It is good to be egg-centric, again!

After decades of avoiding eggs because we were told that cholesterol caused heart attacks, the 2015 US Dietary Guidelines officially exonerated them, finding no link between dietary cholesterol and heart disease. Now eggs are a health food again. But that doesn’t mean you should eat just any eggs or prepare them any old way.

They are super nutritious

Eggs are one of the healthiest foods you can eat. Eggs contain selenium, biotin, B vitamins, phosphorus, A, D, E and K and lecithin selenium, vitamin D, B6, B12 and minerals such as zinc, iron and copper. Egg yolks, which happen to be the most nutritious part of the egg, contain powerful antioxidants, especially choline.  But when the yolks are cooked in high heat, they will lose the antioxidants they contain. To preserve these antioxidants cook them runny. With pastured eggs more fat-soluble flavor components will be transferred to the eggs, which may also make the local eggs more fragrant. 

Chicken, Duck, Goose, Ostrich, Turkey, Quail

Duck eggs are highly sought after, especially by people who are otherwise allergic to eggs. They are also excellent for baking because they have higher fat content making cakes rise higher, and giving meringues more volume and stability. You substitute one duck egg for every chicken egg (no more and no less). Duck eggs are also higher in protein, calcium, iron, potassium, and other major minerals than chicken eggs, along with a higher concentration of omega-3 fatty acids. They have a much larger and richer yolk which will also be more orange than a chicken egg. Turkey eggs have more zinc. Goose eggs are used for Easter decorating because of the larger size. Chicken eggs are roughly 1/3 yolk, while goose eggs are slightly over 1/2 yolk.   Chickens and ducks require at least 16 hours of daylight to lay an egg, which means that they will lay in natural light for much of the spring, summer and fall. Geese lay best with only about 10 hours of daylight. Specialty eggs such as pigeon eggs and ostrich eggs are very expensive. The reason why they are expensive is more due to their low yield and high breeding cost, making them rare and hence expensive.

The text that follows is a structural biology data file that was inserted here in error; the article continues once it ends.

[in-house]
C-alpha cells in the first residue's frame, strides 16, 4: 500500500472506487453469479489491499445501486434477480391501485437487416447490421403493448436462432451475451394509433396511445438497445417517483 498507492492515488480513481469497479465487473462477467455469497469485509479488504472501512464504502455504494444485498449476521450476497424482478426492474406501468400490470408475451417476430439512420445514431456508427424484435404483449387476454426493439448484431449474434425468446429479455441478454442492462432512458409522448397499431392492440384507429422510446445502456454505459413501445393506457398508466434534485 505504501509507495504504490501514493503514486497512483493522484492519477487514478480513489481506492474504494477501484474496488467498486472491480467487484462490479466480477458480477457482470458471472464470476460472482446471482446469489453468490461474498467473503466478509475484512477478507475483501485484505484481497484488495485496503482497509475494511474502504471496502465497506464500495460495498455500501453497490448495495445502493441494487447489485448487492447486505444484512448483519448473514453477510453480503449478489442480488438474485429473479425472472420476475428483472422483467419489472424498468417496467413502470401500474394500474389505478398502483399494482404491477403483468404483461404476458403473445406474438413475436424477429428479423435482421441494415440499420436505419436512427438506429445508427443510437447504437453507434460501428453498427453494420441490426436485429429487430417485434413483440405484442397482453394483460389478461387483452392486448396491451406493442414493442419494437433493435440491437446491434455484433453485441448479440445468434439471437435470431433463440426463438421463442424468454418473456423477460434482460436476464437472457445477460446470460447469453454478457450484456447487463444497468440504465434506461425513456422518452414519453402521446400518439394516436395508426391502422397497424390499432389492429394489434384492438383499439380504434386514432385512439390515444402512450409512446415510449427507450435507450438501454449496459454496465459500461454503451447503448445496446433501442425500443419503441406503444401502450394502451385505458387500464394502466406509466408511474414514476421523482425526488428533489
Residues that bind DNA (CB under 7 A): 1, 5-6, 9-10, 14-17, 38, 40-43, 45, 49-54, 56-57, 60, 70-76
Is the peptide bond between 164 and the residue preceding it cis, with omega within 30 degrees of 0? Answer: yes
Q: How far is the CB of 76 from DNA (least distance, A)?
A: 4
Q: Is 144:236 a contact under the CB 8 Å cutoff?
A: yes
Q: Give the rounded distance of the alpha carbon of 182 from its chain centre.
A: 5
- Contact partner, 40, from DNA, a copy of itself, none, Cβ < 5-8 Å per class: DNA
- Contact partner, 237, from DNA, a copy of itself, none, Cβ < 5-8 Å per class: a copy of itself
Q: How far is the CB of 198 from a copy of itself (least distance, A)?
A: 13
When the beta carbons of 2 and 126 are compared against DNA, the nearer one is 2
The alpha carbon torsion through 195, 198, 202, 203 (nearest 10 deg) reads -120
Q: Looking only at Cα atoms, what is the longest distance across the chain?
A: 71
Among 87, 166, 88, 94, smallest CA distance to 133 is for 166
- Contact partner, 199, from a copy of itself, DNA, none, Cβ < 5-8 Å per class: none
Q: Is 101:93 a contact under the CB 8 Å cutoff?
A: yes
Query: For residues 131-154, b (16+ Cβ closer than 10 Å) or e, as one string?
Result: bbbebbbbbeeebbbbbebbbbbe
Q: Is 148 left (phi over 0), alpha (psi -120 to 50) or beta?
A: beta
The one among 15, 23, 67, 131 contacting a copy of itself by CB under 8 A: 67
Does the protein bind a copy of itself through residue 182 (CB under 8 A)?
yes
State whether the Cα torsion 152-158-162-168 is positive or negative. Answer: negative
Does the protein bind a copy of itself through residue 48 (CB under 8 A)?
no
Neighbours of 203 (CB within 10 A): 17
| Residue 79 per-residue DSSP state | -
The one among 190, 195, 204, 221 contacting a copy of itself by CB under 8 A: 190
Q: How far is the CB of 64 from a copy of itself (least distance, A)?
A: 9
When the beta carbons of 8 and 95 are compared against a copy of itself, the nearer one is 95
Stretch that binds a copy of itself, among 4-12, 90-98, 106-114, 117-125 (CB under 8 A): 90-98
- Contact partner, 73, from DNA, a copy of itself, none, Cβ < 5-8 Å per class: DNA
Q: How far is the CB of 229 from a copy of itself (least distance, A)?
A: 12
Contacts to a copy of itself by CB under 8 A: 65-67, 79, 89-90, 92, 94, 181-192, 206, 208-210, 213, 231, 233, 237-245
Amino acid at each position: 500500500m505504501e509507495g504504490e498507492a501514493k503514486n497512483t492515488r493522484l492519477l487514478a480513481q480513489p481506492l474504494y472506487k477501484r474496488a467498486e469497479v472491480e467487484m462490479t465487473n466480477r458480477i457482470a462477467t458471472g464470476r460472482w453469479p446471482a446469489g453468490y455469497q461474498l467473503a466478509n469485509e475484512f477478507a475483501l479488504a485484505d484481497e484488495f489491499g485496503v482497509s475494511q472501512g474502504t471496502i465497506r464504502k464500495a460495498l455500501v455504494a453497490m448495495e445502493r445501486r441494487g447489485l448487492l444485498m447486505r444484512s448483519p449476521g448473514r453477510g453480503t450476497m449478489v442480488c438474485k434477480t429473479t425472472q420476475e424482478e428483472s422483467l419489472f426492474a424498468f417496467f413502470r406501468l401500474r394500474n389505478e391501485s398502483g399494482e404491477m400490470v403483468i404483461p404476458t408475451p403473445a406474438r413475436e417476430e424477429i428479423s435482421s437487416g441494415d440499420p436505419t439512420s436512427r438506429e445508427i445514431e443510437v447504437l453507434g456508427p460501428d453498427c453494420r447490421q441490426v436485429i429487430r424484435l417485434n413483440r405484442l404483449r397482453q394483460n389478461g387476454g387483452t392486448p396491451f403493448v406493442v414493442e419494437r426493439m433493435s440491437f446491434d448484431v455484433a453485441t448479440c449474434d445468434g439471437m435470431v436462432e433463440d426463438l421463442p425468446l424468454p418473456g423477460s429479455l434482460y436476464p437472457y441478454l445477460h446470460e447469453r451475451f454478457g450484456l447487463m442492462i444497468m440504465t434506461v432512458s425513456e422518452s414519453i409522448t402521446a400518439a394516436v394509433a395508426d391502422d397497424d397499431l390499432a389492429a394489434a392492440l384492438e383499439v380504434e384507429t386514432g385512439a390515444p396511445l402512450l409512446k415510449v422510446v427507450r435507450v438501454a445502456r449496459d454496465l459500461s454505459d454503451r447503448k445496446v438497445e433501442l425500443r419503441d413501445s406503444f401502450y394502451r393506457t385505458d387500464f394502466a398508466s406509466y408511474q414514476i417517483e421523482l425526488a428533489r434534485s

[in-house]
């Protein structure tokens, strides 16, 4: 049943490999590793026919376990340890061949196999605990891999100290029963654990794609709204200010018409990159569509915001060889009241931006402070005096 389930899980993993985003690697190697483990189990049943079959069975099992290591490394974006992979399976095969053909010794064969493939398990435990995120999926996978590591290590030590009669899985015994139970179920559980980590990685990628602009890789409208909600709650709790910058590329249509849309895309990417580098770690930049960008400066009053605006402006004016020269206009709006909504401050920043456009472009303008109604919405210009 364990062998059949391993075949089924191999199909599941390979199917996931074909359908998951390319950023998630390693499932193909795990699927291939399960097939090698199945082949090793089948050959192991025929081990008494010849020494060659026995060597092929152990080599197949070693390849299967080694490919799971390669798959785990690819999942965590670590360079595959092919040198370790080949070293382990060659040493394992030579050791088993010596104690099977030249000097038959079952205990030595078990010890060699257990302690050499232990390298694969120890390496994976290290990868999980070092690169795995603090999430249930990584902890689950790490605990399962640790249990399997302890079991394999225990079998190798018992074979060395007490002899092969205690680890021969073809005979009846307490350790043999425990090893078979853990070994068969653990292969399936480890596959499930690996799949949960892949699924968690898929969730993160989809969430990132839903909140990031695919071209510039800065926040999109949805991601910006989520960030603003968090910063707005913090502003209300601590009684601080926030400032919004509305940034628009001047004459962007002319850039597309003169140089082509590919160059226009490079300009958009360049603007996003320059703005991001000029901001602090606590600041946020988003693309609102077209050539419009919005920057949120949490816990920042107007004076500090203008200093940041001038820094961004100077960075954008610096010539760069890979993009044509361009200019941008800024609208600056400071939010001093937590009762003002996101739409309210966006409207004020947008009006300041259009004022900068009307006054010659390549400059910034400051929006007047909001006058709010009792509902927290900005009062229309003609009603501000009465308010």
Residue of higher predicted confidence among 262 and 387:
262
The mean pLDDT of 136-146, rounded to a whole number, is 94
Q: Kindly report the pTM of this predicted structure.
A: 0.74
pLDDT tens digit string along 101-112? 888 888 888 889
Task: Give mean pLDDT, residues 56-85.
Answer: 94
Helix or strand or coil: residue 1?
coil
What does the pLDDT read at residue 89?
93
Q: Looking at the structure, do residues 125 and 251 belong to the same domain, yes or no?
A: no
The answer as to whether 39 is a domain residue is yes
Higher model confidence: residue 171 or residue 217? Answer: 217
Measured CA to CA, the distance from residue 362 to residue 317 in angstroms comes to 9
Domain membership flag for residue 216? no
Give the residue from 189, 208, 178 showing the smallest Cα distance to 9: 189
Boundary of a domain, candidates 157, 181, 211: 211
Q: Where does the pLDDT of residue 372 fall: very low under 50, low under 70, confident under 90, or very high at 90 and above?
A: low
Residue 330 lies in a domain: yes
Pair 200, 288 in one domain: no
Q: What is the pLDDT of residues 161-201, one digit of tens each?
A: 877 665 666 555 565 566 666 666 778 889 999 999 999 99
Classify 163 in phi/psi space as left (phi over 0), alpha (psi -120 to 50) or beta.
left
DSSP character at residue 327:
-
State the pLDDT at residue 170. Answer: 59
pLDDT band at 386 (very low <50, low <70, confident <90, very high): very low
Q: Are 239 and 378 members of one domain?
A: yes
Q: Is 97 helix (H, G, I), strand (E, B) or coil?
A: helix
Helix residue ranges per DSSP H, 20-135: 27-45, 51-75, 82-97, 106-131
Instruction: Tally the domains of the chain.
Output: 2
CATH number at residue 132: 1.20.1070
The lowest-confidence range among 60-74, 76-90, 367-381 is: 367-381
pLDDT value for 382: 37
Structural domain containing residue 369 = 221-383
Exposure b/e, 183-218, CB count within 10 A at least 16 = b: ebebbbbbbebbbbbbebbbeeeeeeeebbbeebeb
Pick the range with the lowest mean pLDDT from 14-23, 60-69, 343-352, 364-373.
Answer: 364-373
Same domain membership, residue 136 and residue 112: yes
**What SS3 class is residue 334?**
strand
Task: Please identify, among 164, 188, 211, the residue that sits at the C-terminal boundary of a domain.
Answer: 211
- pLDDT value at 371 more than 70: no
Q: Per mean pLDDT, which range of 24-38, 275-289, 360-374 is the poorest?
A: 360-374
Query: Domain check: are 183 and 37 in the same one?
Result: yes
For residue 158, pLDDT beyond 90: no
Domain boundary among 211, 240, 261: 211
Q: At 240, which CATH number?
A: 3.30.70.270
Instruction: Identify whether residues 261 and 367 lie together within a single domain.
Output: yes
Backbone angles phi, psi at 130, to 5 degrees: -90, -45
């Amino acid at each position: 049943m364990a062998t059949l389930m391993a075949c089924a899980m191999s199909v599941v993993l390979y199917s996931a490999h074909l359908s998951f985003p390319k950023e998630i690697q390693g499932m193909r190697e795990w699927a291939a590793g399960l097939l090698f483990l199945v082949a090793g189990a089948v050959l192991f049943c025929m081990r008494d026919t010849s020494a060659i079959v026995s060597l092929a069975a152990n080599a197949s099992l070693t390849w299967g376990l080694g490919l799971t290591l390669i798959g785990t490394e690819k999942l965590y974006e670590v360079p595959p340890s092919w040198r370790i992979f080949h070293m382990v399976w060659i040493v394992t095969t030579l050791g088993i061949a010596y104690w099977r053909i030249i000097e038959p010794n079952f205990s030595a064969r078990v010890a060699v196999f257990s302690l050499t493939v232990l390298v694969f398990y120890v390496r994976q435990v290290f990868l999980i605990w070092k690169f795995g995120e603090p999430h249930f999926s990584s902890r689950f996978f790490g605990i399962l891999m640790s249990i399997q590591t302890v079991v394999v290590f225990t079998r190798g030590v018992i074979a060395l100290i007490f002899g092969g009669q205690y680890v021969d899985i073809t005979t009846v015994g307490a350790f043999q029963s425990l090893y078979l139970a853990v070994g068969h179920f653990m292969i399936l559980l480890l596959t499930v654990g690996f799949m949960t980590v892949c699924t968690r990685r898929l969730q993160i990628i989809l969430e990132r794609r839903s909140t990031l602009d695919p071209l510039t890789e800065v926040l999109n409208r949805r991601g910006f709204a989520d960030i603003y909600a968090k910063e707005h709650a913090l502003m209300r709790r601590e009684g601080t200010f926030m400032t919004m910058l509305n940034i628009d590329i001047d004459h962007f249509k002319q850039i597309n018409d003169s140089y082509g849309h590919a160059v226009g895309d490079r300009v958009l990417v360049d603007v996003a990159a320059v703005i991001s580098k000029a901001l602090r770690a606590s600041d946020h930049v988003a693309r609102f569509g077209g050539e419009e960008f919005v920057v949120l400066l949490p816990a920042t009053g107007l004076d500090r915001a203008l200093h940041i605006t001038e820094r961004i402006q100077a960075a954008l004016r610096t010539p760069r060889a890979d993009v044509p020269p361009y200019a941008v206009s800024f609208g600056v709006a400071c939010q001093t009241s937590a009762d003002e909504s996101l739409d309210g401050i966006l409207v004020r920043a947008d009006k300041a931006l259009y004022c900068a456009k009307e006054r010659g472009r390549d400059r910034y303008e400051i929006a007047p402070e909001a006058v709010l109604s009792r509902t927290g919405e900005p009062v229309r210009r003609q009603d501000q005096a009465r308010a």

Free-Range, Cage-Free, Pastured

Conventional egg-laying hens live in “battery cages”. Seven or eight birds sometimes share a single cage. These cramped mesh cells that prevent hens from ever stretching their wings, nesting, or doing much at all beside produce eggs. Their days are shortened by artificial light to make them produce more than one egg a day. But cage-free doesn’t always mean cruelty-free. Cage-free only means that chickens aren’t kept in cages. They might still live on top of one another in cramped facilities and never see daylight. Some studies suggest cage-free chickens have a higher mortality rate because without cages, chickens peck each other to death and disease spreads more easily. The highest quality standard for eggs is “pastured”. Usually pasture-raised hens actually live outdoors and eat a diet of seeds and insects that could improve the taste and nutrition of the eggs. More fat-soluble flavor components in these eggs also makes the local eggs more fragrant. 

How to cook an egg